While balanced nutrition allows for all foods, the timing and types of carbohydrate intake do matter. Unfortunately, most people turn to fast digesting carbs when snacking, which can lead to weight gain and blood sugar issues long term.
When choosing snacks between meals, it’s best to choose foods with slower digesting carb content to allow for a more gradual release of energy and save fast digesting carbs for pre-or post-workout nutrition.
WHY YOU NEED FAST DIGESTING CARBS POST WORKOUT
During a workout, your body uses the glycogen stored in your muscles as fuel. However, these glycogen stores become depleted as you work, leaving you fatigued.
Therefore, replenishing your glycogen stores is vital to the success of your next workout.
While things like whole grains, beans, legumes, and other slow digesting carbs all offer outstanding nutritional benefits, it’s best to avoid eating them before and after exercise because they require so much more effort to digest.
We want to prioritize energy output to our muscles during training, not to digestion. Same with post-workout recovery. We want our body to use the energy we consume to repair broken-down muscles.
Fast digesting carbohydrates are ideal for repleting low glycogen stores after strenuous exercise because they are quickly absorbed into the bloodstream and produce energy fast.
Ideally, you should aim to refuel with proper nutrition no longer than 30-60 minutes after completing your workout. During this post-workout window, your muscles are like sponges, soaking up the nutrition you supply intended for that recovery.
MALTODEXTRIN’S ROLE IN RECOVERY
While all carbohydrates can supply the body with energy, some work faster to restore lost glycogen after an intense workout.
Maltodextrin is a polysaccharide, meaning it comprises many sugar molecules and is high on the glycemic index which helps push carbohydrates directly into the bloodstream so that your muscles can absorb it and store it for future use.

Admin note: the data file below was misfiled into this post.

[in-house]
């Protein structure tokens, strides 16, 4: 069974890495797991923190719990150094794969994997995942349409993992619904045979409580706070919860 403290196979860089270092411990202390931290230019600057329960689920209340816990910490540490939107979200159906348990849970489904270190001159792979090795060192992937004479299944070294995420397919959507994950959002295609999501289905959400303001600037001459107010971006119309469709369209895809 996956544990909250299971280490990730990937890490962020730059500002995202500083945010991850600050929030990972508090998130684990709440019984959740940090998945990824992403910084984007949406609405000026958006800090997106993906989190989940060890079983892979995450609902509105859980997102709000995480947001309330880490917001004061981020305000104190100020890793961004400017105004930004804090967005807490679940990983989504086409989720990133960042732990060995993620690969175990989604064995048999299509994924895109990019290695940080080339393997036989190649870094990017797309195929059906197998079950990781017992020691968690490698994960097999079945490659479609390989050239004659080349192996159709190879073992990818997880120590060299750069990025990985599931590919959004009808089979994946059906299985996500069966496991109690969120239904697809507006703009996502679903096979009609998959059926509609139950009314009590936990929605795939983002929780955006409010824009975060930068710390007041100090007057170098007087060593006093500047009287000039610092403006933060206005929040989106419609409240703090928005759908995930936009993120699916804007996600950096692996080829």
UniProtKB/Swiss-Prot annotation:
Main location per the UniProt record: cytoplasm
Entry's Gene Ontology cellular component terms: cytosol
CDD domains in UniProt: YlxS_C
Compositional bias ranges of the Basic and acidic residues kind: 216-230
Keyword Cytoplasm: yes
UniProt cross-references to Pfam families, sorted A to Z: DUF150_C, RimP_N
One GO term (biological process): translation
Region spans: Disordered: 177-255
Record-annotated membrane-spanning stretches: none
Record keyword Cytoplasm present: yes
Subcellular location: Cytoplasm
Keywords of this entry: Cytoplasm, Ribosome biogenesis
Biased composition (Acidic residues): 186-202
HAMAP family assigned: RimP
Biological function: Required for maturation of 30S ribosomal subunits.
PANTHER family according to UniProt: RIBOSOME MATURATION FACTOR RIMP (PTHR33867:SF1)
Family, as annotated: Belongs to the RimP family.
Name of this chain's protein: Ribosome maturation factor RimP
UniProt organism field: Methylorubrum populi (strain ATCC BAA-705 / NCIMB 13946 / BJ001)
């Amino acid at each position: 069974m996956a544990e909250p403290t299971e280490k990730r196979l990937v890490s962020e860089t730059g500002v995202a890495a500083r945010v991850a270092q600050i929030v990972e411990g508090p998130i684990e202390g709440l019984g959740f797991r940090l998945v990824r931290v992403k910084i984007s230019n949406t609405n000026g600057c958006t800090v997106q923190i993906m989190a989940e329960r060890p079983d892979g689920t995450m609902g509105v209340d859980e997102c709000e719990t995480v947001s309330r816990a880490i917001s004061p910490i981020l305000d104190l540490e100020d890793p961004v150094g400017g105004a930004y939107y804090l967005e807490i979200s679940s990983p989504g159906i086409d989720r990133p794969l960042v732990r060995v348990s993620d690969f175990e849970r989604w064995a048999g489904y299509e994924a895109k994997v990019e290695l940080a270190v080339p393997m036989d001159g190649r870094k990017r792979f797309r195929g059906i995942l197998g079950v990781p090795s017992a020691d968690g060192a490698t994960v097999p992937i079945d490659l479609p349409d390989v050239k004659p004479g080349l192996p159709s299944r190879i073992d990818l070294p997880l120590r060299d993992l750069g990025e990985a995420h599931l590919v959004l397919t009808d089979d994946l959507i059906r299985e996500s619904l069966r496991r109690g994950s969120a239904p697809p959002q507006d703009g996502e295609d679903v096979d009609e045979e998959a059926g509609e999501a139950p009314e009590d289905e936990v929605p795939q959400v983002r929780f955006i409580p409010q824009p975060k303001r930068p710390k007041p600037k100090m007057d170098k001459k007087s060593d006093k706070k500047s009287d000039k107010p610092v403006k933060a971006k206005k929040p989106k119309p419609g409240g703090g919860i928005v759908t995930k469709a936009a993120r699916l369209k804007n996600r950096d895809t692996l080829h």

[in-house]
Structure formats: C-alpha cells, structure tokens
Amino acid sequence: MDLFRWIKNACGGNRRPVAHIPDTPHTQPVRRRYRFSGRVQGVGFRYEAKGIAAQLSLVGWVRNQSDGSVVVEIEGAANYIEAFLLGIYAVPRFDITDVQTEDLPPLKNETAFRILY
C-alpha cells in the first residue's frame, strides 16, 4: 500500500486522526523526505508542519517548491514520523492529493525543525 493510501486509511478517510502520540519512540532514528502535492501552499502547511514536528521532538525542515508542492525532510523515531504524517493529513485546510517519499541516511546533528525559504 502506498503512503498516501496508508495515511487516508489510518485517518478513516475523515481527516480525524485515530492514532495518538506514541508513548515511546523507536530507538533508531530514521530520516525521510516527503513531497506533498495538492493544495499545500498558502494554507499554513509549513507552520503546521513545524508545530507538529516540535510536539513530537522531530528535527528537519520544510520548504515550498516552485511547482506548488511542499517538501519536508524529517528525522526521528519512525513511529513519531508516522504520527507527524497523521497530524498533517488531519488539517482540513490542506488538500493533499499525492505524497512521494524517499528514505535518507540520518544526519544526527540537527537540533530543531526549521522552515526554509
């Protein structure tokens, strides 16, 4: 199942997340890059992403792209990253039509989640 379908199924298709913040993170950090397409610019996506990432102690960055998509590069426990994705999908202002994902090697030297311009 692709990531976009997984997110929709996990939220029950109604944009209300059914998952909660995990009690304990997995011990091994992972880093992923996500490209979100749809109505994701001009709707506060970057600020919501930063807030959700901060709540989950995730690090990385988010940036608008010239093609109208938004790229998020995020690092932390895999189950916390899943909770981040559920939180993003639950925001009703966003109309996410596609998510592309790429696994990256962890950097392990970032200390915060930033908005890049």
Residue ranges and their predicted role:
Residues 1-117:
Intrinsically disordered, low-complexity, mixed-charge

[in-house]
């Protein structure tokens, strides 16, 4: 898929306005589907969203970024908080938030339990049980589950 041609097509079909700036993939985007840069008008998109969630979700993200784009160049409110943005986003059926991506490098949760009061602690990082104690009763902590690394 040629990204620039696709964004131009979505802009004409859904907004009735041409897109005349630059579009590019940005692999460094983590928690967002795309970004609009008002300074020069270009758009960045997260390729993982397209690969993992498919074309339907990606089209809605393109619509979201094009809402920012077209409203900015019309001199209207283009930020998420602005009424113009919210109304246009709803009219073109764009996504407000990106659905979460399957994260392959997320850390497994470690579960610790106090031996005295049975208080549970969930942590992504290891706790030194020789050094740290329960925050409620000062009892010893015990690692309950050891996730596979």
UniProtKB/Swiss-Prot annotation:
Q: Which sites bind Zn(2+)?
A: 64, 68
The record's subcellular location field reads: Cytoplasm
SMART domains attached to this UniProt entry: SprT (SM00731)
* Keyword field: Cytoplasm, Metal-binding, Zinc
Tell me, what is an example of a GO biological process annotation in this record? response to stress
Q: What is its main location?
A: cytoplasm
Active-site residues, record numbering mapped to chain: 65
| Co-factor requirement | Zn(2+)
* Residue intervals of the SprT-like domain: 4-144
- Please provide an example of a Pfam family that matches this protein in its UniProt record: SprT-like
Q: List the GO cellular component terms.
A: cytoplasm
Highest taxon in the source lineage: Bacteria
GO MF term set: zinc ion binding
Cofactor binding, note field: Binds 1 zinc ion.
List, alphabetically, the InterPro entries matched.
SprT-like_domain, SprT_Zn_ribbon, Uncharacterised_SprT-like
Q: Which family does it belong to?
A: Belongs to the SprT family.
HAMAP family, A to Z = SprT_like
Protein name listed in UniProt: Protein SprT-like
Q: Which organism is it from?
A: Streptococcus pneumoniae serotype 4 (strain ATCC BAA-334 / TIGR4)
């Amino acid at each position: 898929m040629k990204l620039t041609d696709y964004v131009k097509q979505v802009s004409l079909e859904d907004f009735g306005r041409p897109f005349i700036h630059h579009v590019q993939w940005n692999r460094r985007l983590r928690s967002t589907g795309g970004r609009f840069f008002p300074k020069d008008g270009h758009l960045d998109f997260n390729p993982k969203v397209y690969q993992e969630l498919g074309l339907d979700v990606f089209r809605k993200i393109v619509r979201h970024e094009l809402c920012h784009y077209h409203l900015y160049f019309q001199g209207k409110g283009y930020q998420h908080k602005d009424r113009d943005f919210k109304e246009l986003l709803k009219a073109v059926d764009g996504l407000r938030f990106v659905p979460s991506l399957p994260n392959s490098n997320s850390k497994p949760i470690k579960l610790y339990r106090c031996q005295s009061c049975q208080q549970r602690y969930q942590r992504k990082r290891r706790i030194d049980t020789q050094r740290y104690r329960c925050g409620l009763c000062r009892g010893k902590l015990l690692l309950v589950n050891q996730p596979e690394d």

It’s made from corn, rice, or potato starch and can be an essential component in many high-quality supplements.
After a hard-hitting workout, a quick and easy way to benefit from maltodextrin is to drink a post workout supplement that uses a 3:1 ratio of carbohydrates to protein immediately after training.
Carbohydrates supply us with the energy, or simple sugars, necessary to function in our day-to-day activity and to make the most of our physical fitness routine.
But it’s up to us to consume optimal sources of carbohydrates at the correct times. If we don’t replenish our glycogen stores, we won’t be ready for the next sweat.
There are many post-workout nutrition options to choose from, but finding the right product for muscle recovery doesn’t have to be overwhelming. When considering a post-exercise carbohydrate source, it’s best to look for a food or product that includes fast digesting carbohydrates, like maltodextrin.
Maltodextrin is often included in high-quality protein powders because it is an easy-to-digest carbohydrate source, meaning it does its job quickly.
Your commitment to your goals doesn’t quit at the gym. The work continues as you shift your focus to muscle recovery by supplying your body with the nutrition it needs to improve for the next gym session.